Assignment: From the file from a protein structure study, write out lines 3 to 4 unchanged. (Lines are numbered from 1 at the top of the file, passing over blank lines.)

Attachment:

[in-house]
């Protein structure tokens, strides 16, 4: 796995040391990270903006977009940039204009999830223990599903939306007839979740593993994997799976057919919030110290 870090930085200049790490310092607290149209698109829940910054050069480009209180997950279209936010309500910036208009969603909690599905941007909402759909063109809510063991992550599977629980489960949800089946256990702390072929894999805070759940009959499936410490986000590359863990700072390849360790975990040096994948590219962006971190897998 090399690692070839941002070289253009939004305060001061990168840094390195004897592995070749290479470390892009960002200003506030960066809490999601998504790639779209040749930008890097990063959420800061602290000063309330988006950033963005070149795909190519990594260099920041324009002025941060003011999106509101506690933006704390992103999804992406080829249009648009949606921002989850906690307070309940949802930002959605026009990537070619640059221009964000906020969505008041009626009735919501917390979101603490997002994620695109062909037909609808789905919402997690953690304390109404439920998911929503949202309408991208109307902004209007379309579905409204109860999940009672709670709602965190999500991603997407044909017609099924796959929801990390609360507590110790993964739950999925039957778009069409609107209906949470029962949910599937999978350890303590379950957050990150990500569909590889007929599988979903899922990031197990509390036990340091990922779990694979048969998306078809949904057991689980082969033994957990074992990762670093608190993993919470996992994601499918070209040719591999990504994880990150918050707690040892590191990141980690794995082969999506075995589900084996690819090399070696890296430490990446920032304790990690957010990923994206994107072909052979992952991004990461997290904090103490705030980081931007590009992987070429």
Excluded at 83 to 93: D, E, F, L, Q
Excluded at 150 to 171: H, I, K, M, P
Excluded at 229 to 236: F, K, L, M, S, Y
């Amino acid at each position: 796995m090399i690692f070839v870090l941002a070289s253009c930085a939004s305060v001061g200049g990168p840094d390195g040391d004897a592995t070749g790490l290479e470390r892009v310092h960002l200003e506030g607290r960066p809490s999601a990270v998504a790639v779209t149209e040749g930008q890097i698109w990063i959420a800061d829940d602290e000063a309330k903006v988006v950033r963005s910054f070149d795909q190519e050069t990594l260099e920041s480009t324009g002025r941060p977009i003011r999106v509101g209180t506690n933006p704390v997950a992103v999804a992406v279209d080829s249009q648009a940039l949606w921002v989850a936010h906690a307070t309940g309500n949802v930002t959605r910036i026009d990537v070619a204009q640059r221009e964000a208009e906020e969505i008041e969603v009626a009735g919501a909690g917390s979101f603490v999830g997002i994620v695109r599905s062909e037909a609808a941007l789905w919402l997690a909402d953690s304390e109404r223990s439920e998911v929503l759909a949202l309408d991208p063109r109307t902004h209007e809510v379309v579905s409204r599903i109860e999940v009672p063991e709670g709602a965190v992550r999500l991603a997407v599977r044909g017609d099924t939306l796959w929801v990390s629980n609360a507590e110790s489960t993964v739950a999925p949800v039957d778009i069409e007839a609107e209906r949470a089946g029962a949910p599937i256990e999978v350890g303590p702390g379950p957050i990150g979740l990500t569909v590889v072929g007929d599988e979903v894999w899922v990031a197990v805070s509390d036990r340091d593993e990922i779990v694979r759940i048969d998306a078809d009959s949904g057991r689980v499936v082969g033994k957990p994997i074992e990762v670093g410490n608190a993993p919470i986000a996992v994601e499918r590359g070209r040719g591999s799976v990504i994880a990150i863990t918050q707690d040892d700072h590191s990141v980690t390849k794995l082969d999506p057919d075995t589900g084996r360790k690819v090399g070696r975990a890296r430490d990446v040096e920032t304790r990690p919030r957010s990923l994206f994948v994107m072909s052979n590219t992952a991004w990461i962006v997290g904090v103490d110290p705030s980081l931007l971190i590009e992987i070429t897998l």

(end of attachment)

Excluded at 83 to 93: D, E, F, L, Q
Excluded at 150 to 171: H, I, K, M, P